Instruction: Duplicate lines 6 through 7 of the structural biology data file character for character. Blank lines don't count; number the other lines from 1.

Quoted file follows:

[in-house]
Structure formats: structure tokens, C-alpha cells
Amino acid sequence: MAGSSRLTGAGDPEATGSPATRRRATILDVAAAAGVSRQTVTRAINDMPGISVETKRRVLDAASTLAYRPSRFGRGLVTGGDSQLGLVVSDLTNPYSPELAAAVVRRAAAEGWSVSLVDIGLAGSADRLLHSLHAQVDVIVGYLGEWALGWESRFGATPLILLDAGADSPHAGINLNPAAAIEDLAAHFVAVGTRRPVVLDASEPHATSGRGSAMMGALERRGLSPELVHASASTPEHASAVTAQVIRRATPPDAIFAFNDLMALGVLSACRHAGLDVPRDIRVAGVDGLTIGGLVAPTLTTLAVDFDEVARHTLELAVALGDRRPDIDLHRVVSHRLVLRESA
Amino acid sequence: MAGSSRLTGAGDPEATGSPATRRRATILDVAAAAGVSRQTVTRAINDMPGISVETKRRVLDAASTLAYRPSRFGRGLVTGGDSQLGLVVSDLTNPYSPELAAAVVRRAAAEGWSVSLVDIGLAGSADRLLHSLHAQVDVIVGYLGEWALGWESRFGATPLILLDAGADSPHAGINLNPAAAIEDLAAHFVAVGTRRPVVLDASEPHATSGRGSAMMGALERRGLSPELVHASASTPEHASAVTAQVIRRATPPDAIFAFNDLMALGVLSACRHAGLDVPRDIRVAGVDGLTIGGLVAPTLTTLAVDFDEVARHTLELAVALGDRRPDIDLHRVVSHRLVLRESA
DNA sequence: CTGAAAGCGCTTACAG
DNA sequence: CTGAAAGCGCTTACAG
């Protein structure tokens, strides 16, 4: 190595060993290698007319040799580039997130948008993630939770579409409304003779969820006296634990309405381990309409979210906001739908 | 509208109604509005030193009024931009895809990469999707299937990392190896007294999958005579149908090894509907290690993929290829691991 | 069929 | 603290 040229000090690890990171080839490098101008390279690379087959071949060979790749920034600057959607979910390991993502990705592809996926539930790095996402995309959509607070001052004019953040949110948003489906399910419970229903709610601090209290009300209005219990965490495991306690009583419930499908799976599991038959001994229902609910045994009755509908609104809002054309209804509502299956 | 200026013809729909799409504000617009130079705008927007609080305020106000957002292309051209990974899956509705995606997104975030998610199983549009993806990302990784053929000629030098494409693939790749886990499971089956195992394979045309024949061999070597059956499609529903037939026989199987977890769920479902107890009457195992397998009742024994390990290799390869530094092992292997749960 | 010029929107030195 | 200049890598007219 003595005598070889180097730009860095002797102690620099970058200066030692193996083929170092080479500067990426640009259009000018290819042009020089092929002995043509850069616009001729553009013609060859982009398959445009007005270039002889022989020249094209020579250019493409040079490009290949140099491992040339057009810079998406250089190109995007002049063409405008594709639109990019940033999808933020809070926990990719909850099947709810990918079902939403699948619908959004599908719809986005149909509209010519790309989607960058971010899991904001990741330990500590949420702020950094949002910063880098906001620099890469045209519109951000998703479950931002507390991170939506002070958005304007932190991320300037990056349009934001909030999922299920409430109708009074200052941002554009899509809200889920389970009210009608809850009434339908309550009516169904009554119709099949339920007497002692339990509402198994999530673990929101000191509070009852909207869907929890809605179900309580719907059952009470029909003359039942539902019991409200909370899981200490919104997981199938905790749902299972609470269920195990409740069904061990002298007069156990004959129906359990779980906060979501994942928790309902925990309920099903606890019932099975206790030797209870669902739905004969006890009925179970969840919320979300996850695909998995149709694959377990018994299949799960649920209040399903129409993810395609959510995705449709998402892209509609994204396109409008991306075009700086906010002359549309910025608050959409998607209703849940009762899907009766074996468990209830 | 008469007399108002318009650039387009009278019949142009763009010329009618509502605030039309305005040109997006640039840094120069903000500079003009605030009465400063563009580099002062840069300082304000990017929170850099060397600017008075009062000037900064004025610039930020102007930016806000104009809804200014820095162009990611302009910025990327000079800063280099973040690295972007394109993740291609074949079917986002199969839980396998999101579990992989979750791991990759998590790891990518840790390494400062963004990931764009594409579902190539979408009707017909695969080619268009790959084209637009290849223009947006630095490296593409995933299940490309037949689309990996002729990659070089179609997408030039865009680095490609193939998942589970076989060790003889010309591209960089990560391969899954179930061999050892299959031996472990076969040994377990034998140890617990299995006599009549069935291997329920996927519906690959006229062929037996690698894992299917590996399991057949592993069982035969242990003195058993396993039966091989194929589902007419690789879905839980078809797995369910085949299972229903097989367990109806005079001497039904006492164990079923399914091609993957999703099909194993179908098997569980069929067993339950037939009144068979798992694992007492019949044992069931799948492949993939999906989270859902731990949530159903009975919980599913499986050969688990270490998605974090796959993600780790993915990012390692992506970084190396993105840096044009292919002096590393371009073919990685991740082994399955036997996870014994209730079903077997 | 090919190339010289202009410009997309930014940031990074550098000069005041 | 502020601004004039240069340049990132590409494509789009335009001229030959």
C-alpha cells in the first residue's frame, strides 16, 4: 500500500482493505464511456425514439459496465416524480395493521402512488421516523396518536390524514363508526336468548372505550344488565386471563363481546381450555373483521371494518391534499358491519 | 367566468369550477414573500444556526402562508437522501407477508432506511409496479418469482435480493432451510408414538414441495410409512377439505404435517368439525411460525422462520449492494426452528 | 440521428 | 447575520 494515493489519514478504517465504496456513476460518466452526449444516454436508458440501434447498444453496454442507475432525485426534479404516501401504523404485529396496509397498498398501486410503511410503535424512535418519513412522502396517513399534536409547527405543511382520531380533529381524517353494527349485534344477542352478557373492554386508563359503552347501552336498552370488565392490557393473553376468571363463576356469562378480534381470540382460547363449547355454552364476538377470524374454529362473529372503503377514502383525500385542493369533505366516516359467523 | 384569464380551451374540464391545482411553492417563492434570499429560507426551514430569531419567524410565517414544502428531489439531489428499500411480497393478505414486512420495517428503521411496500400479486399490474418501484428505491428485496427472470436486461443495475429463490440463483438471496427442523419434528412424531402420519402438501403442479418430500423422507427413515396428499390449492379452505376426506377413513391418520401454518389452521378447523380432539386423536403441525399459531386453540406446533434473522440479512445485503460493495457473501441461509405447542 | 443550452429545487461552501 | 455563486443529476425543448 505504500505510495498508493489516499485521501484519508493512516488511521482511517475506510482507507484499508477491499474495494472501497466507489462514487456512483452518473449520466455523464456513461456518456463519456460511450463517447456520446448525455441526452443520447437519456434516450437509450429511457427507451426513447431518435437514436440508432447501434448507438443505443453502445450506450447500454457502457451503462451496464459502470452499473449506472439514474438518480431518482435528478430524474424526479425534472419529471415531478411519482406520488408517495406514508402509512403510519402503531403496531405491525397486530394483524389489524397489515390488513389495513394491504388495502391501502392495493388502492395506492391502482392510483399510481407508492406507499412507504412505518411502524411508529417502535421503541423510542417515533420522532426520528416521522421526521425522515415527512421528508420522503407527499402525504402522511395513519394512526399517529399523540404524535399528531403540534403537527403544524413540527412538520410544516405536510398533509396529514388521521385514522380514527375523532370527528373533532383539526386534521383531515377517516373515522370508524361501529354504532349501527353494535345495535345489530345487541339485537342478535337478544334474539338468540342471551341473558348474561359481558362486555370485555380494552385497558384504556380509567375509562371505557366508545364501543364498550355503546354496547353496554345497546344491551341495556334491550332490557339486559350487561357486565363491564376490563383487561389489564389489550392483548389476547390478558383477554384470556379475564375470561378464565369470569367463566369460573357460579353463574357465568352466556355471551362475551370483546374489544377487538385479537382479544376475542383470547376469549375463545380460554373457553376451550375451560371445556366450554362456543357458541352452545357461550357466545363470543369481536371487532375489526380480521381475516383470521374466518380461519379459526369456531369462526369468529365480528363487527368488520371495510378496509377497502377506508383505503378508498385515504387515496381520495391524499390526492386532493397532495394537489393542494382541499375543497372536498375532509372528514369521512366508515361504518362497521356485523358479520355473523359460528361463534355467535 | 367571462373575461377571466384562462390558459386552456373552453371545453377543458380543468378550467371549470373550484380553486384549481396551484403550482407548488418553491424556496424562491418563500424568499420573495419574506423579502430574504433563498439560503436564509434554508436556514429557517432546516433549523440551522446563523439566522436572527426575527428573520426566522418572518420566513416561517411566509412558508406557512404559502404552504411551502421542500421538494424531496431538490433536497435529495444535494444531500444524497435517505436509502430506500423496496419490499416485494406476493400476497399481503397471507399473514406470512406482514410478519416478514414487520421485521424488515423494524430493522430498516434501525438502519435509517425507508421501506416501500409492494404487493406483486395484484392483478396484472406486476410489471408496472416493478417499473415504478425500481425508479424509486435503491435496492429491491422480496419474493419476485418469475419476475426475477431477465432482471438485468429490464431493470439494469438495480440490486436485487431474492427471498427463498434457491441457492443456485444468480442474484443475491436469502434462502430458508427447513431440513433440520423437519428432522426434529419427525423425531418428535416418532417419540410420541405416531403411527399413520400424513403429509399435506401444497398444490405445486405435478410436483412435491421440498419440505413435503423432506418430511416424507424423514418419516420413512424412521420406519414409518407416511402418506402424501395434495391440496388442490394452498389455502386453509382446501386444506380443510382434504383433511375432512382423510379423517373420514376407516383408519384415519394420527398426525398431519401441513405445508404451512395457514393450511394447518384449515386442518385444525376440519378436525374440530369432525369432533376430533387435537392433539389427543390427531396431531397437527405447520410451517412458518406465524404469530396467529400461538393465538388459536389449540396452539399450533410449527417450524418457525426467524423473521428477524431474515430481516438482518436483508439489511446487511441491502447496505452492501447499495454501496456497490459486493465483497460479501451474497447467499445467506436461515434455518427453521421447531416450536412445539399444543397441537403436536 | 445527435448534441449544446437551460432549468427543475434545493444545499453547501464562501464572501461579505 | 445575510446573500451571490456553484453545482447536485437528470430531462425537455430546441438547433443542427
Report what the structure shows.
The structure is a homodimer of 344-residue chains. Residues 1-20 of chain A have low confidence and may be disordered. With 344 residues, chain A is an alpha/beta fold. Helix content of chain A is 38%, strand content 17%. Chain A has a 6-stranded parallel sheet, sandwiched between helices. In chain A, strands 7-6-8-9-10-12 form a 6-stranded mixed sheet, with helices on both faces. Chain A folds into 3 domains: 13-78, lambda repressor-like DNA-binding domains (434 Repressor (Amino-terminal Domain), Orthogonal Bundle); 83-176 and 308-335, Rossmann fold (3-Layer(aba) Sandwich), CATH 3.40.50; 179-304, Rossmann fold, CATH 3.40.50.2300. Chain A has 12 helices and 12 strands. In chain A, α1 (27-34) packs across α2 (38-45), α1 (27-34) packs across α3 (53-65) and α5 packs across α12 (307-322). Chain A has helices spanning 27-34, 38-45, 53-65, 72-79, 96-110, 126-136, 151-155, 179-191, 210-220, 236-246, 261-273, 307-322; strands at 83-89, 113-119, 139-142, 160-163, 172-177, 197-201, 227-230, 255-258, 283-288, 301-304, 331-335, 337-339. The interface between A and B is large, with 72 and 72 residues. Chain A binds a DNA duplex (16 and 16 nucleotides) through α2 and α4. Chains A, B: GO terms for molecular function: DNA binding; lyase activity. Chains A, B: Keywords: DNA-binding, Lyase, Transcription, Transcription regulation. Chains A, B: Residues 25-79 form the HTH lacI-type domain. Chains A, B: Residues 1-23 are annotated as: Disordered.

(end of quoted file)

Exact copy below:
DNA sequence: CTGAAAGCGCTTACAG
């Protein structure tokens, strides 16, 4: 190595060993290698007319040799580039997130948008993630939770579409409304003779969820006296634990309405381990309409979210906001739908 | 509208109604509005030193009024931009895809990469999707299937990392190896007294999958005579149908090894509907290690993929290829691991 | 069929 | 603290 040229000090690890990171080839490098101008390279690379087959071949060979790749920034600057959607979910390991993502990705592809996926539930790095996402995309959509607070001052004019953040949110948003489906399910419970229903709610601090209290009300209005219990965490495991306690009583419930499908799976599991038959001994229902609910045994009755509908609104809002054309209804509502299956 | 200026013809729909799409504000617009130079705008927007609080305020106000957002292309051209990974899956509705995606997104975030998610199983549009993806990302990784053929000629030098494409693939790749886990499971089956195992394979045309024949061999070597059956499609529903037939026989199987977890769920479902107890009457195992397998009742024994390990290799390869530094092992292997749960 | 010029929107030195 | 200049890598007219 003595005598070889180097730009860095002797102690620099970058200066030692193996083929170092080479500067990426640009259009000018290819042009020089092929002995043509850069616009001729553009013609060859982009398959445009007005270039002889022989020249094209020579250019493409040079490009290949140099491992040339057009810079998406250089190109995007002049063409405008594709639109990019940033999808933020809070926990990719909850099947709810990918079902939403699948619908959004599908719809986005149909509209010519790309989607960058971010899991904001990741330990500590949420702020950094949002910063880098906001620099890469045209519109951000998703479950931002507390991170939506002070958005304007932190991320300037990056349009934001909030999922299920409430109708009074200052941002554009899509809200889920389970009210009608809850009434339908309550009516169904009554119709099949339920007497002692339990509402198994999530673990929101000191509070009852909207869907929890809605179900309580719907059952009470029909003359039942539902019991409200909370899981200490919104997981199938905790749902299972609470269920195990409740069904061990002298007069156990004959129906359990779980906060979501994942928790309902925990309920099903606890019932099975206790030797209870669902739905004969006890009925179970969840919320979300996850695909998995149709694959377990018994299949799960649920209040399903129409993810395609959510995705449709998402892209509609994204396109409008991306075009700086906010002359549309910025608050959409998607209703849940009762899907009766074996468990209830 | 008469007399108002318009650039387009009278019949142009763009010329009618509502605030039309305005040109997006640039840094120069903000500079003009605030009465400063563009580099002062840069300082304000990017929170850099060397600017008075009062000037900064004025610039930020102007930016806000104009809804200014820095162009990611302009910025990327000079800063280099973040690295972007394109993740291609074949079917986002199969839980396998999101579990992989979750791991990759998590790891990518840790390494400062963004990931764009594409579902190539979408009707017909695969080619268009790959084209637009290849223009947006630095490296593409995933299940490309037949689309990996002729990659070089179609997408030039865009680095490609193939998942589970076989060790003889010309591209960089990560391969899954179930061999050892299959031996472990076969040994377990034998140890617990299995006599009549069935291997329920996927519906690959006229062929037996690698894992299917590996399991057949592993069982035969242990003195058993396993039966091989194929589902007419690789879905839980078809797995369910085949299972229903097989367990109806005079001497039904006492164990079923399914091609993957999703099909194993179908098997569980069929067993339950037939009144068979798992694992007492019949044992069931799948492949993939999906989270859902731990949530159903009975919980599913499986050969688990270490998605974090796959993600780790993915990012390692992506970084190396993105840096044009292919002096590393371009073919990685991740082994399955036997996870014994209730079903077997 | 090919190339010289202009410009997309930014940031990074550098000069005041 | 502020601004004039240069340049990132590409494509789009335009001229030959």